A very interesting point that is highlighted early on is the somewhat conflicting nature of the CIA and the FBI in America at the time. To the untrained eye it would seem as if the left really was an anti-establishment movement considering the amount of monitoring, surveillance and file-keeping being done on prominent figures of the New Left in both politics and culture. The National Students Association (NSA) is covered at length throughout the book with its nature as a CIA front group outlined and proven without a doubt. Bolton quotes former NSA vice president Janet Welsh Brown discussing decades later how it was inconceivable to her at the time that the NSA could be simultaneously under investigation by the FBI while also being covertly funded by the CIA.

Ms. Brown’s recollections lead us to several notable points:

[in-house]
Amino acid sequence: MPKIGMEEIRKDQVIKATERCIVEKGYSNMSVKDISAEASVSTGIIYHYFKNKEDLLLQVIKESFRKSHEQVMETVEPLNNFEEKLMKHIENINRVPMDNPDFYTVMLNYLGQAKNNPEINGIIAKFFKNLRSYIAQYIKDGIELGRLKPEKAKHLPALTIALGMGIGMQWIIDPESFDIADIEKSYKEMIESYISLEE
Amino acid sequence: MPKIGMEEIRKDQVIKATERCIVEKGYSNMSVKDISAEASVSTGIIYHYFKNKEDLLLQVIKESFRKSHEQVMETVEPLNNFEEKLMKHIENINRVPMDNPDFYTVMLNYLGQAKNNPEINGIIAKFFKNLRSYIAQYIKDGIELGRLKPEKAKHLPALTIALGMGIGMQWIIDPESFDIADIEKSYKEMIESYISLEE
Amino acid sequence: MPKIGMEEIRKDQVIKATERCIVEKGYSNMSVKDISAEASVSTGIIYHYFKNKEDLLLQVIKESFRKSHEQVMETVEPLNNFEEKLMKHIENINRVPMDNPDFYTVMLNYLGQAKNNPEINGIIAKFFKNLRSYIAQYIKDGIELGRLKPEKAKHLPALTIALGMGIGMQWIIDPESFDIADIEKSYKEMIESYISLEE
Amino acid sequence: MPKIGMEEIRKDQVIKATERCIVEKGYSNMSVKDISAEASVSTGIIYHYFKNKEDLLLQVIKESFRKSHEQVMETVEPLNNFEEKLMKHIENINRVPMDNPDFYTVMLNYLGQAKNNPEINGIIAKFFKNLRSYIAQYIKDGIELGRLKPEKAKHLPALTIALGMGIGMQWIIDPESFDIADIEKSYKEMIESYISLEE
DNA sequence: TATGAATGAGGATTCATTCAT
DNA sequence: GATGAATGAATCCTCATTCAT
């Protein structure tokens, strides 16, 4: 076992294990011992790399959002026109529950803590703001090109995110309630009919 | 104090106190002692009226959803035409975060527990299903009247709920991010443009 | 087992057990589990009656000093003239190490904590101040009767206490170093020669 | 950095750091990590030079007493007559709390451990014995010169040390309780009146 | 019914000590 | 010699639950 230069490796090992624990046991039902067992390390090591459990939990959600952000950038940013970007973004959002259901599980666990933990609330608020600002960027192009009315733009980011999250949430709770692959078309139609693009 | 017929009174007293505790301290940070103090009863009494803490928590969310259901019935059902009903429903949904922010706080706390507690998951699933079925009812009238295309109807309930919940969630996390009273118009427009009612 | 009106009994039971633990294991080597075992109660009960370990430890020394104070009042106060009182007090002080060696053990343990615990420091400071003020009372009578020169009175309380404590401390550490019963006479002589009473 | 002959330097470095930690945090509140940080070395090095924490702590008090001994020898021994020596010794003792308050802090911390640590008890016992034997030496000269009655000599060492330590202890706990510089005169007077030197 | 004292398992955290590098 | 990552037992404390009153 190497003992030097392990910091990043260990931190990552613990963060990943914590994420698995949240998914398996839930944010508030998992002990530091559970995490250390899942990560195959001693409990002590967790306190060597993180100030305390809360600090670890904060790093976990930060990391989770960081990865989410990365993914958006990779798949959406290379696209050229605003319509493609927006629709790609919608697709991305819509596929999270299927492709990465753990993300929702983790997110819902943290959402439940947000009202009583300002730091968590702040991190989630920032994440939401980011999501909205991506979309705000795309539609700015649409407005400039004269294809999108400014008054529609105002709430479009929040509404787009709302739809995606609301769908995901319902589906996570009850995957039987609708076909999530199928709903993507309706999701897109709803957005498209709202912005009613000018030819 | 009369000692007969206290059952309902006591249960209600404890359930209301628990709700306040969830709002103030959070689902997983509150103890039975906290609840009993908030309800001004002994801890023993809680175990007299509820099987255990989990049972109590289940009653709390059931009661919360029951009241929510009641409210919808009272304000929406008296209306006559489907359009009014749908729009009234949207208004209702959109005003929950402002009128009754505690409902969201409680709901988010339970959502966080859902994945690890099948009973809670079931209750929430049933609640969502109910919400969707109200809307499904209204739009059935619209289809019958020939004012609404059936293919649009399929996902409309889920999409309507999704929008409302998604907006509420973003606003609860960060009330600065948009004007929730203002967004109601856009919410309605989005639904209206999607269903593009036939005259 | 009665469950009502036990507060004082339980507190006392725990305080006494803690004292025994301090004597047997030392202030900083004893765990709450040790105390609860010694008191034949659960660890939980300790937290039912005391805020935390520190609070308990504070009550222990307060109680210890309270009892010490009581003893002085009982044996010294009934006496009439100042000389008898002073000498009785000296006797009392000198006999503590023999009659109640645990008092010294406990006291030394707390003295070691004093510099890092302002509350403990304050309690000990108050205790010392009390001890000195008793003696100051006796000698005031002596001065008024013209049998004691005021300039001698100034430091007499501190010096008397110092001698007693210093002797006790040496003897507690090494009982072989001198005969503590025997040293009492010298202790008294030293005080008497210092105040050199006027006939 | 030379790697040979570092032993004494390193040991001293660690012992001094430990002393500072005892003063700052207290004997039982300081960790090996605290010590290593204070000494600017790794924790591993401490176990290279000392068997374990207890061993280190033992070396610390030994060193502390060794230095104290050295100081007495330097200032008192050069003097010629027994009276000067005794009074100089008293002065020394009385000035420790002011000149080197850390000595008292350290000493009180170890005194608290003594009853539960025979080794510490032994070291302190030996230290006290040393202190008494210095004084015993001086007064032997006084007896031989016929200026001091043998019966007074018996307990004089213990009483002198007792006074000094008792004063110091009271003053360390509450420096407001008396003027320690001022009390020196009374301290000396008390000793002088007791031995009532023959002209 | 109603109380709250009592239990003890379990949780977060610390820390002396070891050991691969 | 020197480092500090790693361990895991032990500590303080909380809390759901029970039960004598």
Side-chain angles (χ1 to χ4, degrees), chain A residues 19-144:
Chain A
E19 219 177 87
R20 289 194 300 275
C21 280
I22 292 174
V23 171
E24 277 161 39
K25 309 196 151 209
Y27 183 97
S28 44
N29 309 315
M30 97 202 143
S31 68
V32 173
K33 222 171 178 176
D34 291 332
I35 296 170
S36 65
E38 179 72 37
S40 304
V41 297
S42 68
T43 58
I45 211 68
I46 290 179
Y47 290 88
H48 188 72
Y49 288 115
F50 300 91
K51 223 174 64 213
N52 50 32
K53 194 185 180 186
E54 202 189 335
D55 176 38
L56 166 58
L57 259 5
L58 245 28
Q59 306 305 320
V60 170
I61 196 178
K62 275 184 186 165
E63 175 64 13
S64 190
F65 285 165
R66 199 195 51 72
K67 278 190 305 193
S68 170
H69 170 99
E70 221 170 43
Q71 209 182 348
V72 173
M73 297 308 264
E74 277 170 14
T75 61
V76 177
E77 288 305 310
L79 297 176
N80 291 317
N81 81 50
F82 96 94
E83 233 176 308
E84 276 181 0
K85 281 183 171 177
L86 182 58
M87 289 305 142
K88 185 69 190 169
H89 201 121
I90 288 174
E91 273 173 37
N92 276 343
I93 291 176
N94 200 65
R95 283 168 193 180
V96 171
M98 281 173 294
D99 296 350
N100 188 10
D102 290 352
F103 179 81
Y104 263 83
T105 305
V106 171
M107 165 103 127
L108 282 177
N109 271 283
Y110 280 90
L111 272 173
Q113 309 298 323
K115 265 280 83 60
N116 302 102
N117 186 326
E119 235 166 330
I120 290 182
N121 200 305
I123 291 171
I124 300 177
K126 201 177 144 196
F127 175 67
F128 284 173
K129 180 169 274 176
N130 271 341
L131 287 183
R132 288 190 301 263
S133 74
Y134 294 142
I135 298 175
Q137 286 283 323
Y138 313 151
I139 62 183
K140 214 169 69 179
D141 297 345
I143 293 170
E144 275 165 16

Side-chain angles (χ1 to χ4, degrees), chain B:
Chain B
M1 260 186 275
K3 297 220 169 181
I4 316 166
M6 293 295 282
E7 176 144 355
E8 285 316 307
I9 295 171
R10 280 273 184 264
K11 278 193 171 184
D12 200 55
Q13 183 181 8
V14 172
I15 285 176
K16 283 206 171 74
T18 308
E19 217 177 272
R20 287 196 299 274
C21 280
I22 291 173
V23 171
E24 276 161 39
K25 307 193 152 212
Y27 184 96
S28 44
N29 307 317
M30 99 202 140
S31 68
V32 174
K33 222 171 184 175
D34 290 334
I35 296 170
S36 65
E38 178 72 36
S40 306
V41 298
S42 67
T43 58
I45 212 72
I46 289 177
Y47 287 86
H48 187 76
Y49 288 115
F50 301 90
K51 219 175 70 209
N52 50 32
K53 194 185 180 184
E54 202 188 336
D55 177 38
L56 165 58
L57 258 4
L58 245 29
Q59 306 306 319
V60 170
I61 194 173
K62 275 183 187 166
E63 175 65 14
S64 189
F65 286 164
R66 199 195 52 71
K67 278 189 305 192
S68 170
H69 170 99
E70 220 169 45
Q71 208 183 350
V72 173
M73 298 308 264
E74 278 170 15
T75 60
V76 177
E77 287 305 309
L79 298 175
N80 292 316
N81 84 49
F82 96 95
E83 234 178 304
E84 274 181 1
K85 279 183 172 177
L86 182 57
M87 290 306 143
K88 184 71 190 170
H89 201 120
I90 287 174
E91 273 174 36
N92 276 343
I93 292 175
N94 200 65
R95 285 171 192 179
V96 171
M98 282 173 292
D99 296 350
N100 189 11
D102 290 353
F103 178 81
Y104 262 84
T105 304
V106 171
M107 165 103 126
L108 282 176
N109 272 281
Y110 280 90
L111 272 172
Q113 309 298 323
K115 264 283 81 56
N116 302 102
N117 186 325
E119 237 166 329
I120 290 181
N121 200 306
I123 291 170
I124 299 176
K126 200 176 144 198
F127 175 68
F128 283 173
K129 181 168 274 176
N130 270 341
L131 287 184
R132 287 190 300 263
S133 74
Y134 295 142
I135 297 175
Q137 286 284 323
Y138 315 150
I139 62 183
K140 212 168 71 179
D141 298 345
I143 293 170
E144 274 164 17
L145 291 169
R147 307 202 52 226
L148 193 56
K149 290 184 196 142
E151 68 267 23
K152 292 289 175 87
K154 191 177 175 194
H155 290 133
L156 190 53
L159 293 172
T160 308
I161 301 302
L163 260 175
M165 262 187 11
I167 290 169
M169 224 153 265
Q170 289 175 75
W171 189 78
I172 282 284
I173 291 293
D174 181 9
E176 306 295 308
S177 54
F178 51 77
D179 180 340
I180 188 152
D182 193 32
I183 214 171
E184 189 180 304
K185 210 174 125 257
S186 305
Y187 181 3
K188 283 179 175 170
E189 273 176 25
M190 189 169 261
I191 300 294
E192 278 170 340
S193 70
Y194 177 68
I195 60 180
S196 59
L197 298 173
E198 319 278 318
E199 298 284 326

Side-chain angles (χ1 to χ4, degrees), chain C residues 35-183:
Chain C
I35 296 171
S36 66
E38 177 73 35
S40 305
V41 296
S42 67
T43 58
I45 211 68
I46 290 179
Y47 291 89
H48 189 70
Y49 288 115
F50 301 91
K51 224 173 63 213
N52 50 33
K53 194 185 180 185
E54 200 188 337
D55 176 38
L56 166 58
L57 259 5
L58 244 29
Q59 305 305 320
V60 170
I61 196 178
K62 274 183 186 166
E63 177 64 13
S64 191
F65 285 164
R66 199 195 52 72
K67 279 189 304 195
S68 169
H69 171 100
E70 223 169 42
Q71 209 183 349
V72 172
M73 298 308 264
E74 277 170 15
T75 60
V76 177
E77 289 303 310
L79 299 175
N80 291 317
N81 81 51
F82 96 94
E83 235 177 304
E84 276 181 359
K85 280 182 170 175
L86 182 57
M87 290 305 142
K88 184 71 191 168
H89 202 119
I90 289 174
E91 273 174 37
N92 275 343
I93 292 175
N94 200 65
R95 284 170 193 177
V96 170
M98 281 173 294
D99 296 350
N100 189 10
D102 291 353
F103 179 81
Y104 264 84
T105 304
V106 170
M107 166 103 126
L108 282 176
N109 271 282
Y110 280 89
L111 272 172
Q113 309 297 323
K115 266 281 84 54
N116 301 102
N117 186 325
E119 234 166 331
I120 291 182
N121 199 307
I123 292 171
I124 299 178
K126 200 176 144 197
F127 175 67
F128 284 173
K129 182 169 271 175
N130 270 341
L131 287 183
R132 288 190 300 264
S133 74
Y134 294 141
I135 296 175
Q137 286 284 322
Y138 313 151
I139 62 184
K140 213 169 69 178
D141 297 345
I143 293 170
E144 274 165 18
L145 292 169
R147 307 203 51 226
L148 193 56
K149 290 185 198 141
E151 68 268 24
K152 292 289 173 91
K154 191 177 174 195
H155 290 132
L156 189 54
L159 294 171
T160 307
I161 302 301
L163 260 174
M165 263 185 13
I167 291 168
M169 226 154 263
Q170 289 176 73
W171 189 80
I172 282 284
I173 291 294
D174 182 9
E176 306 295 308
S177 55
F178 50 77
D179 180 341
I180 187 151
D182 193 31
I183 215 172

• The left claims martyr status while under FBI surveillance, but being the subject of this does not give leftists any unique anti-establishment credentials. Tom Hayden cited FBI documents on him throughout his memoirs. While the FBI ran the COINTELPRO operation to disrupt both the extreme left and extreme right, it also kept moderate conservative organizations – the John Birch Society in particular – under surveillance, indicating that the left has no special status to martyrdom.
  • The NSA provided the training and ideology for the emergence of the New Left.

  • The CIA had sponsored a network of left-liberal student organizations throughout the world to counter Soviet influence. An important element of this was to propagandize the students of decolonized nations, who would become future leaders of their countries.